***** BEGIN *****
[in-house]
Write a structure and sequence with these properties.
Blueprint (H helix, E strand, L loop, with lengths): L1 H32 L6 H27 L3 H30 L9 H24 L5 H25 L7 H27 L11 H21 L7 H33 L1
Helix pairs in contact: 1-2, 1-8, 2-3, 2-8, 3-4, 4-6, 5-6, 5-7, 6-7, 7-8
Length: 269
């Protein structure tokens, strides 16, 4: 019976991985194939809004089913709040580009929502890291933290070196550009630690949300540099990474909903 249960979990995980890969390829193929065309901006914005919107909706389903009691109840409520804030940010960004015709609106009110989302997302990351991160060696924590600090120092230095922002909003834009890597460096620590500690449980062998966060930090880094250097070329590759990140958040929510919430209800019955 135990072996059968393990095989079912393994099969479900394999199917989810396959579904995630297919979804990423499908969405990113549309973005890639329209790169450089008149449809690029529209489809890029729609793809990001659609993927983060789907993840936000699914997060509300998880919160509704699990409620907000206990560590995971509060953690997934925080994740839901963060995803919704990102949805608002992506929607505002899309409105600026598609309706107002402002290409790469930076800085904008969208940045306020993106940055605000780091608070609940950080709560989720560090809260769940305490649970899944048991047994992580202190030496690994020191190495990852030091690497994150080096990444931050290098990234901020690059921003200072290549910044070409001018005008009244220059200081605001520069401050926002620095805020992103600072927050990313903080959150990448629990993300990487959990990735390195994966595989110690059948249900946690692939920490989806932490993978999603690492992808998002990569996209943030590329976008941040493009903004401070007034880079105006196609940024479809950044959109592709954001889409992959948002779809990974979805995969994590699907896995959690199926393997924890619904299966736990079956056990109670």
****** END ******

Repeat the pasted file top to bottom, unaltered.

[in-house]
Write a structure and sequence with these properties.
Blueprint (H helix, E strand, L loop, with lengths): L1 H32 L6 H27 L3 H30 L9 H24 L5 H25 L7 H27 L11 H21 L7 H33 L1
Helix pairs in contact: 1-2, 1-8, 2-3, 2-8, 3-4, 4-6, 5-6, 5-7, 6-7, 7-8
Length: 269
């Protein structure tokens, strides 16, 4: 019976991985194939809004089913709040580009929502890291933290070196550009630690949300540099990474909903 249960979990995980890969390829193929065309901006914005919107909706389903009691109840409520804030940010960004015709609106009110989302997302990351991160060696924590600090120092230095922002909003834009890597460096620590500690449980062998966060930090880094250097070329590759990140958040929510919430209800019955 135990072996059968393990095989079912393994099969479900394999199917989810396959579904995630297919979804990423499908969405990113549309973005890639329209790169450089008149449809690029529209489809890029729609793809990001659609993927983060789907993840936000699914997060509300998880919160509704699990409620907000206990560590995971509060953690997934925080994740839901963060995803919704990102949805608002992506929607505002899309409105600026598609309706107002402002290409790469930076800085904008969208940045306020993106940055605000780091608070609940950080709560989720560090809260769940305490649970899944048991047994992580202190030496690994020191190495990852030091690497994150080096990444931050290098990234901020690059921003200072290549910044070409001018005008009244220059200081605001520069401050926002620095805020992103600072927050990313903080959150990448629990993300990487959990990735390195994966595989110690059948249900946690692939920490989806932490993978999603690492992808998002990569996209943030590329976008941040493009903004401070007034880079105006196609940024479809950044959109592709954001889409992959948002779809990974979805995969994590699907896995959690199926393997924890619904299966736990079956056990109670």